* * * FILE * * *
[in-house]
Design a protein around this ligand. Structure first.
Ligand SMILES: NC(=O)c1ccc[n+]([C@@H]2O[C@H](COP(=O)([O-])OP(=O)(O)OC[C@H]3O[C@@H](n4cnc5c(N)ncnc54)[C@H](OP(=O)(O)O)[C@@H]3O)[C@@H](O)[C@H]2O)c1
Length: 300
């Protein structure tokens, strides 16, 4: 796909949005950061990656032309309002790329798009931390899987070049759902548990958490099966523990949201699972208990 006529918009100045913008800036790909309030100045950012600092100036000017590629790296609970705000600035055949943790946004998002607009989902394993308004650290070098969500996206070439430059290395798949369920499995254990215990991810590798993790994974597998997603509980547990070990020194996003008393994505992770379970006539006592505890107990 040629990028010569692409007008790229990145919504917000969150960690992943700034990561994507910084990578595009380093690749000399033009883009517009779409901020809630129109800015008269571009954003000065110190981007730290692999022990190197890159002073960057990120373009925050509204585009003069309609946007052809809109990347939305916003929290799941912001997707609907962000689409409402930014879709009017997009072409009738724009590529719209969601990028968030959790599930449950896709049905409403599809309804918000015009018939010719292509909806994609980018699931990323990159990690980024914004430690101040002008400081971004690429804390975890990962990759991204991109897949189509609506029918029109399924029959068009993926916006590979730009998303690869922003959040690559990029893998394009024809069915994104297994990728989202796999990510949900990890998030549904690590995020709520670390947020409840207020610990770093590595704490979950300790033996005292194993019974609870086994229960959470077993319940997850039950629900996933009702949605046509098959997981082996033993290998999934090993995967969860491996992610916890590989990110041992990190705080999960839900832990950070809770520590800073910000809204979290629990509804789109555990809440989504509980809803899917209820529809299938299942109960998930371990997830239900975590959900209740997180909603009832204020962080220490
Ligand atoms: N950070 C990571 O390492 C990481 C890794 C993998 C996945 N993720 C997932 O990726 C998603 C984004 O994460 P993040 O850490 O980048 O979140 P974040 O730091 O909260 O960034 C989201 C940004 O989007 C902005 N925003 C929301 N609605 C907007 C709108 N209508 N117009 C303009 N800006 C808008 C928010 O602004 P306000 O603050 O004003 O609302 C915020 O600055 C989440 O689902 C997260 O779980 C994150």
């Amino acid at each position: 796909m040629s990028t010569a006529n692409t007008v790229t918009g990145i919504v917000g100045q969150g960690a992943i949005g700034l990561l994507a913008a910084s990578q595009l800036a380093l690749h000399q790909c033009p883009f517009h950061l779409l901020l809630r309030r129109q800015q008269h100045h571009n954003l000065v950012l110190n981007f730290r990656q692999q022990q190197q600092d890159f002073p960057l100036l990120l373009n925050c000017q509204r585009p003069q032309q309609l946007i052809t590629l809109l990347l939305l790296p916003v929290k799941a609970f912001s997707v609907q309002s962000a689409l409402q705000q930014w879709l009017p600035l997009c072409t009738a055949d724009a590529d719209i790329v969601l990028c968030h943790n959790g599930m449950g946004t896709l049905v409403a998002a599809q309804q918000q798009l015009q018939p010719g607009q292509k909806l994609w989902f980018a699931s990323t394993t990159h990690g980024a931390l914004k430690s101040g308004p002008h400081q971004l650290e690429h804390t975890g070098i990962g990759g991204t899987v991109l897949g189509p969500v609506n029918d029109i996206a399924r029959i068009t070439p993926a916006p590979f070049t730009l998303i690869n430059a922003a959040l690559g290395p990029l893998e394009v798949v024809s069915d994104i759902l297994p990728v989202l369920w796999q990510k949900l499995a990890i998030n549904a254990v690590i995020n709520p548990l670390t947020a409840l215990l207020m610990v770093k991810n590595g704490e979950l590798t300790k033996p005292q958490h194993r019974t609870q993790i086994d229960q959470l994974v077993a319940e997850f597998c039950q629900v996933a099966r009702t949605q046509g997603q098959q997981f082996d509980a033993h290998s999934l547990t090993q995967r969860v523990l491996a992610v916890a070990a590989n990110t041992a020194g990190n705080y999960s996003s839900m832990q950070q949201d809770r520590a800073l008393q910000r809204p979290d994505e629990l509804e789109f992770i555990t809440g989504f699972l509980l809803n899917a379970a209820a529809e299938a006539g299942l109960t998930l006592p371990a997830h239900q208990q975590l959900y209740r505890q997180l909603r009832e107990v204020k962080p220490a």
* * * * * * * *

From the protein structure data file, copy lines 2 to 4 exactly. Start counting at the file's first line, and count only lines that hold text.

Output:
Design a protein around this ligand. Structure first.
Ligand SMILES: NC(=O)c1ccc[n+]([C@@H]2O[C@H](COP(=O)([O-])OP(=O)(O)OC[C@H]3O[C@@H](n4cnc5c(N)ncnc54)[C@H](OP(=O)(O)O)[C@@H]3O)[C@@H](O)[C@H]2O)c1
Length: 300